Wednesday, May 26, 2010

1918 Dress Wrap Up

So many things have been going on in RL but most of all, I finished the 1918 dress and to be honest I feel a little let down. I finished 2 projects in one week….the 1931 dress and the 1918 dress. My motivation is gone out the door and I am not sure why. Has this happened to anyone else?

I wanted to get pictures of me in the 1918 dress over the weekend. Alas, it was not to be.

So…..I am not yet sharing the completed dress…..well maybe a peek at an almost complete stage.

Some info: I couldn’t decide how to attach the “waist” to the skirt. My 1917 dressmaking book came in handy and gave me a couple of ideas. I went with a double waistband knowing that I would be covering the waist band with a sash. I also discovered that the skirt was a tad too long. So I hacked off a couple of inches from the top of the skirt….couldnt take it from the bottom! I then used these pieces as the waistband. It worked out fine. I am glad I did not go with the casing for elastic: I really do not like elastic waistbands.

A snafu arose when it came time to do the button holes. I have never made button holes on my machine before and to say I was underwhelmed by the results would not be exaggerating. The automatic buttonhole foot made ½ of a great button hole. One side was fine, the other was spotty, no real thread coverage if that makes sense.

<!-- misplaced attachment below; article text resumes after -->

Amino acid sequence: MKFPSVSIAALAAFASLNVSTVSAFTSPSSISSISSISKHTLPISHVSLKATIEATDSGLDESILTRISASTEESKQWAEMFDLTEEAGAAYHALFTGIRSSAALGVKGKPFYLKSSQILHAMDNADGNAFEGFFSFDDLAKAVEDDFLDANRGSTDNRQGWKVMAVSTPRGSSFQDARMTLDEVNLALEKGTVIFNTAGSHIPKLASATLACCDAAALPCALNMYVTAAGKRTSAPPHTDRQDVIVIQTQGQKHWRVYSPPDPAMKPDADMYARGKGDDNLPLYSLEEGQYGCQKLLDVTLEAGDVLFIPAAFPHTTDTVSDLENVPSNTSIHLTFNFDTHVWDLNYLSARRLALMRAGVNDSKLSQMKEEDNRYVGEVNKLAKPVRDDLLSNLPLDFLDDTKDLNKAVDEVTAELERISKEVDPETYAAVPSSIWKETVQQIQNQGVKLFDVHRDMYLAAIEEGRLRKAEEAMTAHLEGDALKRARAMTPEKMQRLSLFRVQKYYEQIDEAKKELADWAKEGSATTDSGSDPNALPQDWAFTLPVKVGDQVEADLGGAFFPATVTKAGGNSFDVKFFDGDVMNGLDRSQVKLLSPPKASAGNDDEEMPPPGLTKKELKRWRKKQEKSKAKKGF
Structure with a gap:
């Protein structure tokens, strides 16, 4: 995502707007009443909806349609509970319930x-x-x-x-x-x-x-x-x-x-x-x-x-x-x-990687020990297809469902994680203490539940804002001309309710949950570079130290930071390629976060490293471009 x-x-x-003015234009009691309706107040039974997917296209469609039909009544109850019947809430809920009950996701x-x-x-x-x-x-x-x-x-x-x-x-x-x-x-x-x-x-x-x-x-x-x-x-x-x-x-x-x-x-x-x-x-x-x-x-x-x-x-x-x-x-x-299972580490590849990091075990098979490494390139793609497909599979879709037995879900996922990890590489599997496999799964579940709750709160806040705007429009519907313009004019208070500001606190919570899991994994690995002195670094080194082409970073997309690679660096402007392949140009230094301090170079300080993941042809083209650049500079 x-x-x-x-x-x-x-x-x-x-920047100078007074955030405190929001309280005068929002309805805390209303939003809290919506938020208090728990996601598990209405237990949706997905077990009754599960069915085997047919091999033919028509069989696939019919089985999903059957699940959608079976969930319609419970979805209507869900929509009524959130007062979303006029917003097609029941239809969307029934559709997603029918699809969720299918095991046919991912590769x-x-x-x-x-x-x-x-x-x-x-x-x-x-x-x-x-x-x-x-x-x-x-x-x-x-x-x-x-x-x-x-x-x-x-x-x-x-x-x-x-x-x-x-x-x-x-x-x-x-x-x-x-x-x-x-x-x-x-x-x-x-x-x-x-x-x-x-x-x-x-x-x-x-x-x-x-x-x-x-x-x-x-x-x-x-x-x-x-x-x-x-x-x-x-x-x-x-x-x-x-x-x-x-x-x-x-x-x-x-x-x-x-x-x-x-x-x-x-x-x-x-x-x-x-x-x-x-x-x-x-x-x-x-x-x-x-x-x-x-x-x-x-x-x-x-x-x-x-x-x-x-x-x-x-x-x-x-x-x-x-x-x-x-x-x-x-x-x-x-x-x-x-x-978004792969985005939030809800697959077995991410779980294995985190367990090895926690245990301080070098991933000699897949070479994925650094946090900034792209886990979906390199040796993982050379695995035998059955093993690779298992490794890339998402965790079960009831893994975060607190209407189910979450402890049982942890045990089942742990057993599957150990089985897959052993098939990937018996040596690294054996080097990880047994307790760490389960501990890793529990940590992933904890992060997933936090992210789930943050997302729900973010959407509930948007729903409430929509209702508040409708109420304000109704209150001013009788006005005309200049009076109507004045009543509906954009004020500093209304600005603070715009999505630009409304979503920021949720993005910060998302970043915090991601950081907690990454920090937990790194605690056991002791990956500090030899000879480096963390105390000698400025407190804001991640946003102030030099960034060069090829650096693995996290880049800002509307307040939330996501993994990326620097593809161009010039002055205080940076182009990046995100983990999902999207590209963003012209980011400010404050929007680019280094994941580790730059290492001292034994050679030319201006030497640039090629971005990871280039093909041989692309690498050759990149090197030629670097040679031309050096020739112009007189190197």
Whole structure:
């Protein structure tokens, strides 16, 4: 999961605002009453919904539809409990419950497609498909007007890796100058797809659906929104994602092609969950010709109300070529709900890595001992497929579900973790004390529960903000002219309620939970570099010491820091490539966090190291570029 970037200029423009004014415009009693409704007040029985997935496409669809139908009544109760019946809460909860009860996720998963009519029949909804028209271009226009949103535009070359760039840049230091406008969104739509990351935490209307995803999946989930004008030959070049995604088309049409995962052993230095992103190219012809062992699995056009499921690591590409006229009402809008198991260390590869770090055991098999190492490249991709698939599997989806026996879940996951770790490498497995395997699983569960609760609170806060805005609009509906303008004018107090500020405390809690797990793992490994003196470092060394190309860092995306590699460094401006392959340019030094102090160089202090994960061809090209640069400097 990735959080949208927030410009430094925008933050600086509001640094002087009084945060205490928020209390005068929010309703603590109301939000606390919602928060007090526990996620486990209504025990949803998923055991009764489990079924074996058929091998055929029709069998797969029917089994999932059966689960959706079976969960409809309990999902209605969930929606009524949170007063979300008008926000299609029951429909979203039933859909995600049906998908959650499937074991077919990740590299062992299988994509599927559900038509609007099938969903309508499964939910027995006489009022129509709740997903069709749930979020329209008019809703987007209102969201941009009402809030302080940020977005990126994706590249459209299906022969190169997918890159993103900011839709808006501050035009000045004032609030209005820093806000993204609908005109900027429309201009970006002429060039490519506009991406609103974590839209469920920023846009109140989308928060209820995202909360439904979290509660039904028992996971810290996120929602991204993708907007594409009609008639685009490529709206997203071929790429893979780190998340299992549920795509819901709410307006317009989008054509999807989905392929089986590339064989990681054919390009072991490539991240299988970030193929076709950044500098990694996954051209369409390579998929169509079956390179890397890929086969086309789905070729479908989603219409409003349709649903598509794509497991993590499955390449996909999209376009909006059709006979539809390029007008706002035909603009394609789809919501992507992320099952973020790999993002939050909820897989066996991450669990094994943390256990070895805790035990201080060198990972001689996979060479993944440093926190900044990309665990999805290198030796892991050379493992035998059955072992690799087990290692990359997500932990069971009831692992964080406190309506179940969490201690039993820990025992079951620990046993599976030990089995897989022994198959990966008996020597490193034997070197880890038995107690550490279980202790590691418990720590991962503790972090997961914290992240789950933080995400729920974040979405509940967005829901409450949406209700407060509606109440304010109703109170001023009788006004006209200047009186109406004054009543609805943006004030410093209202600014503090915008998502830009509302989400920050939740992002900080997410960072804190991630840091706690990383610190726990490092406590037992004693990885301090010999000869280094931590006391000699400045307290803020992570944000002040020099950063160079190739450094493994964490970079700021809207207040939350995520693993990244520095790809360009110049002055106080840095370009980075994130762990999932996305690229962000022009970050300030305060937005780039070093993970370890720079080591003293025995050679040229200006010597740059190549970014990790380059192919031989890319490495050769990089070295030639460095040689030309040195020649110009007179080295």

So….what to do? I tried the machine in a variety of ways but could not find my manual buttonhole foot…so that was out. I tried a corded buttonhole with the automatic foot….not great. I could do the buttonholes by hand, but after approximately 28 hours of hand sewing on this dress….not going to happen!

Finally, I gave in and used the automatic foot. To fill in the blank spaces, I did a hand satin stitch on the side with the holes. It was quick, down and dirty but will fine results. All in all, it took less than an hour with the handsewing. The buttons then went on with no problem. The top 2 buttons are fakes though…I didn’t want to make a button hole through the trim so I used a snap beneath the button. I like it!

The sash uses snaps to keep it closed. Again, really simple to construct.

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